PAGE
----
The Diary Card is a great tool to help you remember your skills as well as a great tracking device to help you monitor your daily ups and downs. But what happens when you’re really stuck? What do you do when you find yourself in the same situation over and over again? Or when you keep making the same mistakes time and time again? What happens when you are stuck in a blind spot, and you can’t see your way out? Now it’s time for the Pattern Wheel!
An example of a Pattern Wheel is provided below. Feel free to take a sneak peek now. Here are the steps to follow:
1. Identify a problem situation that keeps happening over and over again. This is called the prompting event.
2. What is your interpretation of this situation? Identify any ANT’s which may be influencing your interpretation.
3. What are your physical and/or emotional reactions to this situation?
4. What are your problem urges? Remember, problem urges are what you feel like doing when triggered, not necessarily what you end up doing.
5. Now identify your actual behaviors. What is your reaction to this situation?
6. What are the consequences of your behaviors? How do these consequences make you vulnerable (set you up) for the same old prompting event to happen all over again?
7. Once you have documented steps 1 through 6, go back to each step and identify at least one DBT skill that you have learned in this workbook that you can apply to stop this cycle from repeating itself.
There are several things I want you to notice about this exercise. First, did you notice that the Pattern Wheel is designed to increase awareness, just like the Diary Card? While the Diary Card is designed to increase general daily awareness, the Pattern Wheel is designed in increase awareness of specific dysfunctional cycles that you get trapped in. In particular, the Pattern Wheel helps you identify each link in that cycle so that you can develop better insight into what specifically is keeping you stuck. Second, did you notice that you can break this cycle at any point? There are specific DBT skills that you can use at each link in this chain which will cause the chain to break. Even though it’s always best to break the cycle as soon as possible, it’s never too late. You can still break the cycle even when after the behavior has already occurred, and now you need to do repair work. And you can even break the cycle after you have already blown right past the prompting event all over again…for the 100th time!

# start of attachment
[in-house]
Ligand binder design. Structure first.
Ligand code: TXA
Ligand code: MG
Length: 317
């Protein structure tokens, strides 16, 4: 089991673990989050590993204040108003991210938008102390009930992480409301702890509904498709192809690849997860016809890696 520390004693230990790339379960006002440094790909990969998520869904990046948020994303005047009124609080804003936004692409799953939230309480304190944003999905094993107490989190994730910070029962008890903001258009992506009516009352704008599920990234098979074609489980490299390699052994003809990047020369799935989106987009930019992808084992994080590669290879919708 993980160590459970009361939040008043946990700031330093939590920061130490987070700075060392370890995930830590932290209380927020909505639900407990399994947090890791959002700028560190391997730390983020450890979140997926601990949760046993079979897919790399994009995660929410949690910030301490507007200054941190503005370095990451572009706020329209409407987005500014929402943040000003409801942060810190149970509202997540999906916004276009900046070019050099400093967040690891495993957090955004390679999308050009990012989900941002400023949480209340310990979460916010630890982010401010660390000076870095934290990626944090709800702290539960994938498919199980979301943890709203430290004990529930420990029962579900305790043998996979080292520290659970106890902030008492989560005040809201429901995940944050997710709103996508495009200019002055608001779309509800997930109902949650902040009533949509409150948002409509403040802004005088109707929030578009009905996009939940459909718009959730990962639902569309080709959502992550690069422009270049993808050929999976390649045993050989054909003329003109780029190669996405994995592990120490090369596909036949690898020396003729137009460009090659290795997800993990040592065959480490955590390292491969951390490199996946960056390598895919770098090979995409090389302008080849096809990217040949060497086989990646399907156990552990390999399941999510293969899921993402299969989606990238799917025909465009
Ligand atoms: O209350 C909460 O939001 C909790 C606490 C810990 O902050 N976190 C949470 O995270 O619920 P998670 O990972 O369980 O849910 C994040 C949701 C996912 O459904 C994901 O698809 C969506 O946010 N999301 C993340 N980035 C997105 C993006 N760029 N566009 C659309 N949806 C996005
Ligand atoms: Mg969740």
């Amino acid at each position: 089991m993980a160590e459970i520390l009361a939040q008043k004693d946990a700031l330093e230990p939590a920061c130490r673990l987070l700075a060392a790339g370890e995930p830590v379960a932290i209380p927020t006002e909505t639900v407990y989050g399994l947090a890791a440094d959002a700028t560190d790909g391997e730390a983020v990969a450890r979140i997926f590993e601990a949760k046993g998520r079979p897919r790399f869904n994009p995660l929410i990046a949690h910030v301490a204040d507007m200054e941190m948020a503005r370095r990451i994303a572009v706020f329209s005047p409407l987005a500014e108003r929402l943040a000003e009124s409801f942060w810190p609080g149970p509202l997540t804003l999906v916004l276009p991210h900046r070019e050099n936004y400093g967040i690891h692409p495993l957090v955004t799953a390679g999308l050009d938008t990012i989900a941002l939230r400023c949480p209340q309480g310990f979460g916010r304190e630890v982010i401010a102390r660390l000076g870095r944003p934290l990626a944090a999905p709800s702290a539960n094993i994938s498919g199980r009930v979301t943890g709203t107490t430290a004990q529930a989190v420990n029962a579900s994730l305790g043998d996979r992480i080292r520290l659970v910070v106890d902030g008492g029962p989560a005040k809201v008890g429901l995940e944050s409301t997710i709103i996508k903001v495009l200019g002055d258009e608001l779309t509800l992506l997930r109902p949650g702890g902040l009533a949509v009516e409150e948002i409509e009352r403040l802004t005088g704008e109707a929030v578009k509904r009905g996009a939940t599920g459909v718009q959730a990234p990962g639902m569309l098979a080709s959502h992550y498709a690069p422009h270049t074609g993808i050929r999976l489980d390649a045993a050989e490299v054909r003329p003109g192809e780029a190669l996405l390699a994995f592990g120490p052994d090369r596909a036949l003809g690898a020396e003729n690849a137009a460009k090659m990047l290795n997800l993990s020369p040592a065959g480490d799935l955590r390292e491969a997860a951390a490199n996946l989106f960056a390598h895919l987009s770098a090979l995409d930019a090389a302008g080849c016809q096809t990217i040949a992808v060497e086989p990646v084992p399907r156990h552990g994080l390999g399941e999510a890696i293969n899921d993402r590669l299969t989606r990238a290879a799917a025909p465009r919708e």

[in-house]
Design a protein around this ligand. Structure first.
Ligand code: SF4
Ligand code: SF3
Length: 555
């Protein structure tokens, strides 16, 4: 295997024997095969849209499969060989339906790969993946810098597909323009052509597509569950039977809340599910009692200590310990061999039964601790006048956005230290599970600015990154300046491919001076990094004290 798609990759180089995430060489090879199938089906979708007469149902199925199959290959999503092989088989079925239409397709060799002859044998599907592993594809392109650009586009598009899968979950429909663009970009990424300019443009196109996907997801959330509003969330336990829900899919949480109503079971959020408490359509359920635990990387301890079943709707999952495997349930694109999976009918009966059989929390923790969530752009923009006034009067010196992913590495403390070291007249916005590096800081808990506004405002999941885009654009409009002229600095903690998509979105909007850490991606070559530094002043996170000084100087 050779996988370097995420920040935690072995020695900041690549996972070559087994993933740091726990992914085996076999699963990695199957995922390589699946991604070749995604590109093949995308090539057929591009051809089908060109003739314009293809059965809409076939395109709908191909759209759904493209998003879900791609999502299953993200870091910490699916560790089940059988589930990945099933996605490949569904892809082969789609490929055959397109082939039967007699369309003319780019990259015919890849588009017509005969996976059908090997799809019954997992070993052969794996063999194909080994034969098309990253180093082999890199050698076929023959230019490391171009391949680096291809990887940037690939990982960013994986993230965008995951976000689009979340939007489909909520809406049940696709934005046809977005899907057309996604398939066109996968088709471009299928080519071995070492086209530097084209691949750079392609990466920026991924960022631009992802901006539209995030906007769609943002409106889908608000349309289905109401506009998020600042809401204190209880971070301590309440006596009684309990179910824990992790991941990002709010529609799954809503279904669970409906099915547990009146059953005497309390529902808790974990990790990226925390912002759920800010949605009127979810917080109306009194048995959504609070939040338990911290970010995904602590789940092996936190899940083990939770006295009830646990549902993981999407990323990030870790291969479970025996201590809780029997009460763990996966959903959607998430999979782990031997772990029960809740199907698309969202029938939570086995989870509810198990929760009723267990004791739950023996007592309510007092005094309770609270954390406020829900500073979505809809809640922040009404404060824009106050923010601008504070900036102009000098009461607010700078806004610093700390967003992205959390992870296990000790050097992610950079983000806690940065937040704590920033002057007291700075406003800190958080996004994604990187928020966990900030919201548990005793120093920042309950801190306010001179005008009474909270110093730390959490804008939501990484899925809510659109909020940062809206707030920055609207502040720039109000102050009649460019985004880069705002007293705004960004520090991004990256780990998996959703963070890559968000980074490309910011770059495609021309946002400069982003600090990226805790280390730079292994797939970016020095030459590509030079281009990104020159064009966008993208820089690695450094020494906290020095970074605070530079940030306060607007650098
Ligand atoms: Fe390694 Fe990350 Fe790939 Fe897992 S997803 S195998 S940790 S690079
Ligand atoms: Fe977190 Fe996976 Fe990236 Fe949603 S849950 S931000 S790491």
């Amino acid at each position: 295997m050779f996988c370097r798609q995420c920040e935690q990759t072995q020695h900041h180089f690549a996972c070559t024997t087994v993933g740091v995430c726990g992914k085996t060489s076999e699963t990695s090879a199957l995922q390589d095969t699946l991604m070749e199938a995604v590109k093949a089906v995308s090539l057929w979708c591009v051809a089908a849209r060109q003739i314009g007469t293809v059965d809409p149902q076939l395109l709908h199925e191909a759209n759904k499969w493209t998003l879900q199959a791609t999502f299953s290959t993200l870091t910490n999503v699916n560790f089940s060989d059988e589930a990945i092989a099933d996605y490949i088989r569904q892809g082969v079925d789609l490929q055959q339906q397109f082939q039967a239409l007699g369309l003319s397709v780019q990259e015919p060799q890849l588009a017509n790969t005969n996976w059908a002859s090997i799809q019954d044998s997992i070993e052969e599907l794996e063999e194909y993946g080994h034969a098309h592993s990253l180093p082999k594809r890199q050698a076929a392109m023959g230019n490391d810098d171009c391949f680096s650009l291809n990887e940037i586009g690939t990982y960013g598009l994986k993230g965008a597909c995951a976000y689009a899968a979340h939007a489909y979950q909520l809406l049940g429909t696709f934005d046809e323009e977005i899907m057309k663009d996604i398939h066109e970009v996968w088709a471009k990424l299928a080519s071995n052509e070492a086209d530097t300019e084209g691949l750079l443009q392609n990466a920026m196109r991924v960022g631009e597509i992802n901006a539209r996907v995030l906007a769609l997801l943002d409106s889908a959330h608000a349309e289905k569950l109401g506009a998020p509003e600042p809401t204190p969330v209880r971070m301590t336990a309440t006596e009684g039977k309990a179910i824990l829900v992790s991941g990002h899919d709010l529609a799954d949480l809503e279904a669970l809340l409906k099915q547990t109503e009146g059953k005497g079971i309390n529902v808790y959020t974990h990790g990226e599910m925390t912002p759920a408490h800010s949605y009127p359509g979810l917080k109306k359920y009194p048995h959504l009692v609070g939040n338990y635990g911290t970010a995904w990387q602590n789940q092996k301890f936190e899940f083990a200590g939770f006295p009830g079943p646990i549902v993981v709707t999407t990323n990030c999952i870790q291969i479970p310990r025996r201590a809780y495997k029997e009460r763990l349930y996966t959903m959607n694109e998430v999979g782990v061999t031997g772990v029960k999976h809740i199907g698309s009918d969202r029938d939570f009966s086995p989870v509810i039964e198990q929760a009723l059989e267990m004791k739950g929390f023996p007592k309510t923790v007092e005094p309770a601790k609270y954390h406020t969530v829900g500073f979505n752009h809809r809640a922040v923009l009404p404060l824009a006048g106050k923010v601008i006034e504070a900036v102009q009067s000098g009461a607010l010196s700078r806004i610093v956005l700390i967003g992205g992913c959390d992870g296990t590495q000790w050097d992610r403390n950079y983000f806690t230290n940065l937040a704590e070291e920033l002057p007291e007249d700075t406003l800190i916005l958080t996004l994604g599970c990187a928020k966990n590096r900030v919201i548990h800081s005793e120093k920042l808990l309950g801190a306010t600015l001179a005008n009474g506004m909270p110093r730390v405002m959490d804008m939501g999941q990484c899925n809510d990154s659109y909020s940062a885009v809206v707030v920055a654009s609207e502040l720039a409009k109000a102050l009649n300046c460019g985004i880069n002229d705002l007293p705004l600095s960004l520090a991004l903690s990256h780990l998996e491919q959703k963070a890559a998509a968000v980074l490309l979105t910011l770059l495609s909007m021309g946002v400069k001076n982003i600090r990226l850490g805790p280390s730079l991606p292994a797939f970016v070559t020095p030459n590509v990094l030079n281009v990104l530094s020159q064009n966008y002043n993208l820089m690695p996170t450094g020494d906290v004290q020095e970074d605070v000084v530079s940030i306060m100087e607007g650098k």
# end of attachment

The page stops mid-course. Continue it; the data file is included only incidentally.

Let’s take a look at an example of the Pattern Wheel before you try this on your own. For the sake of argument, let’s just pretend that this is not a personal (recurring) example from my own marriage!
1. Prompting Event:
- My wife makes a suggestion, perhaps in the form of a critique.
- Mindfulness (Awareness + Acceptance)
- “Nothing I ever do is ever good enough for her.”
- Possible ANT’s: over-generalizing, personalizing, mind-reading
- Work the TOM
- Play the DS
3. Emotional / Physical Reactions:
- I feel criticized.
- I feel humiliated.
- Breathing increases.
- Fists start to clench.
- Controlled breathing
- Muscle relaxation
4. Problem Urges:
- I feel like criticizing her back.
- Acting Opposite
- Letting Go
5. Actual Behavior:
- I say something negative to her.
- LUV Talk
- Get in my CAR
6. Consequences / Vulnerabilities:
- The negative comment I make about my wife confirms her original criticism. Because of how I handled this situation, I have directly contributed towards the same prompting event that started the whole sequence in the first place.
Possible DBT Intervention:
- DEAR Adult – Appreciate
- DEAR Adult – Assert
- DEAR Adult – Apologize
Enough about my own dysfunction. Now it’s your turn to practice!